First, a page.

The Irish name Calaher has a long Gaelic heritage to its credit. The original Gaelic form of the name Calaher is O Gallchobhair, derived from the word "gallchobhar," which means "foreign help."
Early Origins of the Calaher family
The surname Calaher was first found in County Donegal
(Irish: Dún na nGall), northwest Ireland
in the province of Ulster
, sometimes referred to as County Tyrconnel, but claim descent from a warrior named "Gallchobhar" and held lands in the baronies of Raphoe and Tir Hugh. They held a castle at Ballyshannon and at one time also held the castle of Lifford.
Early History of the Calaher family
This web page shows only a small excerpt of our Calaher research.Another 109 words (8 lines of text) covering the years 1545 and 1547 are included under the topic Early Calaher History in all our PDF Extended History products and printed products wherever possible.
Calaher Spelling Variations
Pronunciation, rather than spelling, guided scribes and church officials when recording names during the Middle Ages. This practice often resulted in one person's name being recorded under several different spellings. Numerous spelling variations
of the surname Calaher are preserved in these old documents. The various spellings of the name that were found include Gallagher, Gallacher, Gallaugher, Gallaughor, Gallager and many more.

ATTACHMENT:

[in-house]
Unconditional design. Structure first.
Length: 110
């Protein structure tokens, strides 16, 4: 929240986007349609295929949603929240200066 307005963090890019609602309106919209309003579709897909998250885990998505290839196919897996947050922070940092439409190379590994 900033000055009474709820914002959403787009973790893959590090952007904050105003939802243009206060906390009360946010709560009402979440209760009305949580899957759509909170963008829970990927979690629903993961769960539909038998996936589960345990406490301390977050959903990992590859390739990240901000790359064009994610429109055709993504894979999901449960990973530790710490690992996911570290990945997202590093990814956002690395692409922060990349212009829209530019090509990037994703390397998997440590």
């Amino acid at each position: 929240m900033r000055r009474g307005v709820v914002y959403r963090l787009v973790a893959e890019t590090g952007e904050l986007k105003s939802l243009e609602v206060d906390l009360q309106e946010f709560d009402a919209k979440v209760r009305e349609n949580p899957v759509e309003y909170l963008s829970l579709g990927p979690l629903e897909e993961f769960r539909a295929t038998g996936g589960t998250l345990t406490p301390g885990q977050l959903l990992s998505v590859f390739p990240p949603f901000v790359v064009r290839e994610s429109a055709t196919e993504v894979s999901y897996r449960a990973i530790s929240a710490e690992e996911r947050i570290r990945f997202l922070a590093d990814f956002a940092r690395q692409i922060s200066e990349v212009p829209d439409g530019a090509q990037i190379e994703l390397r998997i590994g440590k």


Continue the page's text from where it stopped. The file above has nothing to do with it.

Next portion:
Early Notables of the Calaher family (pre 1700)
Notable among the family name at this time was Bishop Redmund O'Gallagher, The Diocese of Killala, who was imprisoned and banished from the diocese on fraudulent charges; Redmond O'Gallagher, who was... Another 30 words (2 lines of text) are included under the topic Early Calaher Notables in all our PDF Extended History products and printed products wherever possible.
Migration of the Calaher family to the New World and Oceana
A massive amount of Ireland's native population left the island in the 19th century for North America and Australia
in hopes of finding more opportunities and an escape from discrimination and oppression. A great portion of these migrants arrived on the eastern shores of the North American continent. Although they were generally poor and destitute, and, therefore, again discriminated against, these Irish people were heartily welcomed for the hard labor involved in the construction of railroads, canals, roadways, and buildings. Many others were put to work in the newly established factories or agricultural projects that were so essential to the development of what would become two of the wealthiest nations in the world. The Great Potato Famine
during the late 1840s initiated the largest wave of Iris immigration. Early North American immigration and passenger lists have revealed a number of people bearing the name Calaher or a variant listed above: Charles, David, Francis, James, John, Michael, and Thomas Galagher who arrived in Philadelphia between 1840 and 1865.